On May 17, 1954, the United States Supreme Court declared that the state laws, which established separate public schools for African-Americans, denied them equal educational opportunities. With this unanimous vote, de jure or state sanctioned racial segregation was ruled a violation of the Fourteenth Amendment. This ruling paved the way for the Civil Rights Movement. The catalyst for this change was a third grade, Topeka, Kansas student named Linda Brown, whose desire was to attend a school that was closer to her home, but which happened to be white. In this report, I will take a look at the case, how it changed the education system of the United States, then determine if it is still effective after fifty-four years.
The Civil Rights Movement
The Civil Rights Movement in the United States began to rise after World War II. A civil right is defined as a privilege or entitlement granted by law, and is protected by the government. This movement applies to the efforts of African-Americans to secure, exercise and protect their civil rights. President Harry S. Truman was the first president to acknowledge the issue of civil rights for African-Americans. He felt that it was proper, especially since so many had fought and died for our country during World War II. In fact, President Truman was the first president to issue an executive order to desegregate the military. He also appointed African-American judges and territorial governors. Truman sought to overthrow the 1896 ruling of Plessy v. Ferguson, the case which constitutionally legalized the separate-but-equal doctrine, and helped to expand the Jim Crow system. Although his efforts failed, Truman did bring to the attention of the Supreme Court the fact that the states were not living up to the separate-but-equal doctrine.
Brown v. Board of Education was the first great victory of the modern civil rights movement. For years, the NAACP had brought legal actions in the form of test cases before the Supreme Court in an effort to end segregation. In the 1950’s, the NAACP decided that it was time to launch a full-scale attack on the separate-but-equal doctrine because the decisions of the Supreme Court in the test cases were encouraging. They felt that at this time the government and the general population would be more receptive to overturning the ruling of Plessy v. Ferguson. Most African American schools were inferior to their counterparts in white areas, which meant that the quality of their educational experience was severely lacking in fundamental areas.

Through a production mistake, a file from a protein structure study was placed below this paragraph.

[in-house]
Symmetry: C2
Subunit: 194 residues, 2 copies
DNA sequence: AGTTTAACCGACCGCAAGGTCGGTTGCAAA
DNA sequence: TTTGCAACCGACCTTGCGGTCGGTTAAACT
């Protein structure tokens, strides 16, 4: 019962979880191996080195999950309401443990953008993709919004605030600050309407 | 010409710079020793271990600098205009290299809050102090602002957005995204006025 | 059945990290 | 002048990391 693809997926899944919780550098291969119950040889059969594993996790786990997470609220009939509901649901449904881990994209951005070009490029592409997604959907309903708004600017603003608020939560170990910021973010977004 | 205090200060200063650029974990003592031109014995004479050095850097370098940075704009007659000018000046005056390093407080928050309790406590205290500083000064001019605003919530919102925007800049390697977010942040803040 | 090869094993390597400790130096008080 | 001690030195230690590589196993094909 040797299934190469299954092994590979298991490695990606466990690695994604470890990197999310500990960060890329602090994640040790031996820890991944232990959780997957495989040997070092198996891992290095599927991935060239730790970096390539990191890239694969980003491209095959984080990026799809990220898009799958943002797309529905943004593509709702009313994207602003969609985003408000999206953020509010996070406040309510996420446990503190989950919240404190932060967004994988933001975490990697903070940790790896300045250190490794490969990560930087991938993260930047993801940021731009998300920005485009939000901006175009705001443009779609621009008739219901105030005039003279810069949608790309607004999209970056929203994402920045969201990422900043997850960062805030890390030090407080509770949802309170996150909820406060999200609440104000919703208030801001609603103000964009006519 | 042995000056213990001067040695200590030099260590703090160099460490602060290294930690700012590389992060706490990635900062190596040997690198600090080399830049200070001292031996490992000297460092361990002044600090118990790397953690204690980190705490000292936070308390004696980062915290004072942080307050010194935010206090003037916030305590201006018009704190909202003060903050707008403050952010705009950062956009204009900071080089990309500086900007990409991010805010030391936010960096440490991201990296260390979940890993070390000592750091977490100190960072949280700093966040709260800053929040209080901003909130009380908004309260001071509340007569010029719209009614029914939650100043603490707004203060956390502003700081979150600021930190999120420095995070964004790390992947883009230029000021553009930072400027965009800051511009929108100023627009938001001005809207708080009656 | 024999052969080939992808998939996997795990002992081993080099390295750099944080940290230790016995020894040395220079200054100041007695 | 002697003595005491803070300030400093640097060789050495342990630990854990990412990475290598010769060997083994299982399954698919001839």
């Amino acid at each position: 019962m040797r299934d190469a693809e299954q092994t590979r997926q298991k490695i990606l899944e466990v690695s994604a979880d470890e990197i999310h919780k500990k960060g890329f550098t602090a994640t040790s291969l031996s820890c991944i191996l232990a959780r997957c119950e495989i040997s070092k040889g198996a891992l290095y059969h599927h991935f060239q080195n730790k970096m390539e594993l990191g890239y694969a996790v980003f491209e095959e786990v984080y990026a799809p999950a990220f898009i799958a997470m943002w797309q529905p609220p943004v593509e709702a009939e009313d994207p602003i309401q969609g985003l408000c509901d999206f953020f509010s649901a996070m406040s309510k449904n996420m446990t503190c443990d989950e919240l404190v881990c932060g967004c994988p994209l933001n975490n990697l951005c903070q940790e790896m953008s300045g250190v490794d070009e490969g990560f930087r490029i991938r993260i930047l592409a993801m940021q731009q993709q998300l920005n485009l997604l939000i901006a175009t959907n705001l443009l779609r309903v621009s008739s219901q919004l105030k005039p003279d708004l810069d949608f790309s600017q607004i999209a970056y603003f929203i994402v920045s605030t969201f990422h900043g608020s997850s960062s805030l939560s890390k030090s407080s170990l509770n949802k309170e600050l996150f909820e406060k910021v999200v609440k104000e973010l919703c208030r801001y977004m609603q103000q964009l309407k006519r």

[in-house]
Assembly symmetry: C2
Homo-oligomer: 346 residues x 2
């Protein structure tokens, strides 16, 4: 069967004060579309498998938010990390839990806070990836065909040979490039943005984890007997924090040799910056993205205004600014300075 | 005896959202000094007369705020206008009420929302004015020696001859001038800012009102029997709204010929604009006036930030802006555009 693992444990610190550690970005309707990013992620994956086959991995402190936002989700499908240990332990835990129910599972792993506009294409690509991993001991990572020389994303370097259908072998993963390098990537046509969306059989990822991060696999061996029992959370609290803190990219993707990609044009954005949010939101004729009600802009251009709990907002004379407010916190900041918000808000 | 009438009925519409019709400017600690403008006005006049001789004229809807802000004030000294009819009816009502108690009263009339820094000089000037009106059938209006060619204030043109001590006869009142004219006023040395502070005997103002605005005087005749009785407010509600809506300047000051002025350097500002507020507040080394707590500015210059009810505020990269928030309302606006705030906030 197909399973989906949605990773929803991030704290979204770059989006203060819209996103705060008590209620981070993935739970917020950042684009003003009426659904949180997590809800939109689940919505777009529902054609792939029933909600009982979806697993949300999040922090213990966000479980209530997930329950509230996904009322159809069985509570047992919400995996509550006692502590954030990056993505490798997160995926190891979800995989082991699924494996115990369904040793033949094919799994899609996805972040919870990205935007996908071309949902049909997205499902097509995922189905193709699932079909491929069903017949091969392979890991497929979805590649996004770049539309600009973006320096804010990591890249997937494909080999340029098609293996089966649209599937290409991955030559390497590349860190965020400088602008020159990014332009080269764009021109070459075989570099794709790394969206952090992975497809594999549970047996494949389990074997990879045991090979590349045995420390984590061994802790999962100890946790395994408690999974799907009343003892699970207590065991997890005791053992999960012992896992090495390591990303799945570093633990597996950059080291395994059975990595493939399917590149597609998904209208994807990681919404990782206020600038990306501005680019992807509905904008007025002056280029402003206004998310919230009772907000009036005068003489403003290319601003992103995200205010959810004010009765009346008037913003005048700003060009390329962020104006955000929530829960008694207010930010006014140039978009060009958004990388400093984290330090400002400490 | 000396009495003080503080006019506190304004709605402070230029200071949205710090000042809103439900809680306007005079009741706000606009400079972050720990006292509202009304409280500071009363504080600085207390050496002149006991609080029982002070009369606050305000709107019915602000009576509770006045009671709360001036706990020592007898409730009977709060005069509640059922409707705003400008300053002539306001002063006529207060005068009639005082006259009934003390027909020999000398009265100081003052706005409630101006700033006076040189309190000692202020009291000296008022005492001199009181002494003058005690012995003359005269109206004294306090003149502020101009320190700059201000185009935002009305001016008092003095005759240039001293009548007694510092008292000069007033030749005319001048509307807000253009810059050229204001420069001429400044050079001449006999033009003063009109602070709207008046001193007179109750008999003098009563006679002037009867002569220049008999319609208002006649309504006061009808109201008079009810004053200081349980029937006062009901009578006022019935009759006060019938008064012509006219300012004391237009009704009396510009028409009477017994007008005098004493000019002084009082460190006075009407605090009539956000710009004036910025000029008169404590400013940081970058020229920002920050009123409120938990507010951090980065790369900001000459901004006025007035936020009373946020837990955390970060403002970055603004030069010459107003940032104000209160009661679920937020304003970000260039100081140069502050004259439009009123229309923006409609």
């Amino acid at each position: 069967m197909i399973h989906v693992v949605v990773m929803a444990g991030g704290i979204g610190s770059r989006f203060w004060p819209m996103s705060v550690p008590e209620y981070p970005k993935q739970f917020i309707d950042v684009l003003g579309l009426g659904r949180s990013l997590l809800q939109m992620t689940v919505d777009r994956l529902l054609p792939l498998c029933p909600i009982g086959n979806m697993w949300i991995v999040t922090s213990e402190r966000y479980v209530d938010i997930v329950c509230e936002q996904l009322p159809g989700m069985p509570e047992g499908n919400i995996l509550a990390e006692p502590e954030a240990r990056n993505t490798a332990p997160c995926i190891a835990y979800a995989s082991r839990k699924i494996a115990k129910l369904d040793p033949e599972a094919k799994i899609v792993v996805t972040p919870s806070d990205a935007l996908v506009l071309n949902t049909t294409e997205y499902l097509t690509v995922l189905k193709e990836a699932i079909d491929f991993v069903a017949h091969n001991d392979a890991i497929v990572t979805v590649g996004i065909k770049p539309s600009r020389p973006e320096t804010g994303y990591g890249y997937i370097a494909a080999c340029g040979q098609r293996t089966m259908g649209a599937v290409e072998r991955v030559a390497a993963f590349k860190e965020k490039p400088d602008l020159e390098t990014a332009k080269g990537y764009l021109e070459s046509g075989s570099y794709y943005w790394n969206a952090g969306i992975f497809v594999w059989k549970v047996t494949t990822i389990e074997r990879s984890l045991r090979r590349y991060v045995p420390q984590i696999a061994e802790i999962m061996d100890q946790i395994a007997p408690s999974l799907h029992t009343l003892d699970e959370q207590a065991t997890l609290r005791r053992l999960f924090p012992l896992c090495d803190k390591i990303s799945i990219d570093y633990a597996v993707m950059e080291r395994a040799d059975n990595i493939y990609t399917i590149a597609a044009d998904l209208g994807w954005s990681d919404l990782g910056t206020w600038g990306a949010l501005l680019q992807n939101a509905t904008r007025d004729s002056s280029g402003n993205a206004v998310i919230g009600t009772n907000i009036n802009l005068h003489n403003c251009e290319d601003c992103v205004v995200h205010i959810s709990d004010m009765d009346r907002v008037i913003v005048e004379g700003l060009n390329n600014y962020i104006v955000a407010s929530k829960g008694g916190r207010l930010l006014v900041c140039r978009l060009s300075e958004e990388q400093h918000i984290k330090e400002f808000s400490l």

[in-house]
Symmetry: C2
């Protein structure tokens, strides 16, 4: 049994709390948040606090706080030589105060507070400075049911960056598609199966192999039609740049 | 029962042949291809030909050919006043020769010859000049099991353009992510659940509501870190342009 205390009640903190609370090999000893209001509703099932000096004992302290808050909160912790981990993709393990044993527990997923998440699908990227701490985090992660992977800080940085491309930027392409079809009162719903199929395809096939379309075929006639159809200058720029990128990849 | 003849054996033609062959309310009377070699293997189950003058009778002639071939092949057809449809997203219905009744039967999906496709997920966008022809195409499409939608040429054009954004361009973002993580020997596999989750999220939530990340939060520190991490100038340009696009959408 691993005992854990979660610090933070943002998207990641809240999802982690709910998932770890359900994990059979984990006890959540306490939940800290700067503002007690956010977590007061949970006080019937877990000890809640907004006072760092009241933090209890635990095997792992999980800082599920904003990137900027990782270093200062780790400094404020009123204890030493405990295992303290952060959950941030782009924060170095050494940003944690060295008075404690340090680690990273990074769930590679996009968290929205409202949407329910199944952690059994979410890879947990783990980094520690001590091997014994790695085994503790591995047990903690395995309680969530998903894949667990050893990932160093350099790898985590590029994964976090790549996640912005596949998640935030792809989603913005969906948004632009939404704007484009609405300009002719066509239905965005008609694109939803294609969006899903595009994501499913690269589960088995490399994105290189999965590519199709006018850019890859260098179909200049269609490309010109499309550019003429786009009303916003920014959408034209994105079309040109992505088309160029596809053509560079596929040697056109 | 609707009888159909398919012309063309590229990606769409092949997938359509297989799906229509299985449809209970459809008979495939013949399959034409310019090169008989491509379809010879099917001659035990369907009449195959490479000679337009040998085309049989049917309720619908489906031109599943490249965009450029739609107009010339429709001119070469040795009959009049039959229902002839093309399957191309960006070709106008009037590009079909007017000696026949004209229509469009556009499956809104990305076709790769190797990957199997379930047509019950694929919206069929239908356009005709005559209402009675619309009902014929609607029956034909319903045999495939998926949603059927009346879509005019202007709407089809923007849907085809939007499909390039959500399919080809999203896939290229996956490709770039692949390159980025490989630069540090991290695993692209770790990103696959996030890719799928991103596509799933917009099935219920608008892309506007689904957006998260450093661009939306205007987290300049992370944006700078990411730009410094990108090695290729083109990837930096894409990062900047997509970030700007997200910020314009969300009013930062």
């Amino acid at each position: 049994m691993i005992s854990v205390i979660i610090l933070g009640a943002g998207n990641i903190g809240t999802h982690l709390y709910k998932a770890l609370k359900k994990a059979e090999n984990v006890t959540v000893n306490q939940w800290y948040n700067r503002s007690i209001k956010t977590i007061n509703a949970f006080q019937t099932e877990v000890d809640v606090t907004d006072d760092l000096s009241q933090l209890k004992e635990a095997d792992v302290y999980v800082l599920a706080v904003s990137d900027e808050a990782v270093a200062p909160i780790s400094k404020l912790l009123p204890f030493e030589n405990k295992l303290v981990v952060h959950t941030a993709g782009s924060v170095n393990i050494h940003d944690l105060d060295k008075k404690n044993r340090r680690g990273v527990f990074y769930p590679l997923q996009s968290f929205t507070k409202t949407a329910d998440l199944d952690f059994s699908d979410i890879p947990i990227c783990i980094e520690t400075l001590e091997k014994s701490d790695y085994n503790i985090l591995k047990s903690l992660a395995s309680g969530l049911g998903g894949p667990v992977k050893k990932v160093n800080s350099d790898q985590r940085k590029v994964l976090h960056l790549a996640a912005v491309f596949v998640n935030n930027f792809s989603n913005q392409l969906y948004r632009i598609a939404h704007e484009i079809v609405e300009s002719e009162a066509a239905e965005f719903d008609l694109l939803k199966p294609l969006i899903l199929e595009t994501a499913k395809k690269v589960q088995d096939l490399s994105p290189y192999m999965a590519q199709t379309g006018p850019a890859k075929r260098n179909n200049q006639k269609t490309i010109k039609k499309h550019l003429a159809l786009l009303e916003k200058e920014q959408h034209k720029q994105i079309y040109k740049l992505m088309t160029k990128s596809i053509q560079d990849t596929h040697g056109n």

Brown v. Board of Education consolidated five cases that were originally heard in the U.S. Court of Appeals in the states of Delaware, the District of Columbia, Virginia, South Carolina and Kansas. Each case questioned the constitutionality of racial segregation in public schools. The Kansas lawsuit is the one by which the entire set of cases became known: Brown v. Board of Education of Topeka.
In the Topeka, Kansas case, Oliver L. Brown v. Board of Education, an African-American third-grader named Linda Brown was forced to walk one mile through a railroad switchyard to get to her segregated elementary school, even though Charles Sumner School, a white elementary school, was seven blocks away from her home. Her father, Oliver Brown, tried to enroll her in the white elementary school, but the principal of the school refused because of her race. In the Clarendon County, South Carolina case, Briggs v. Elliott, children at the Scots Branch Colored Schools were forced to walk as much as five or six miles daily to and from school because the school district had denied them bus service, as well as improved facilities such as school buildings, instructional materials and certified teachers. In the other three cases; Bulah (Belton) v. Gebhart, Delaware, Davis v. County School Board of Prince Edward County, Virginia; and Bolling v. Sharpe, District of Columbia, the problems...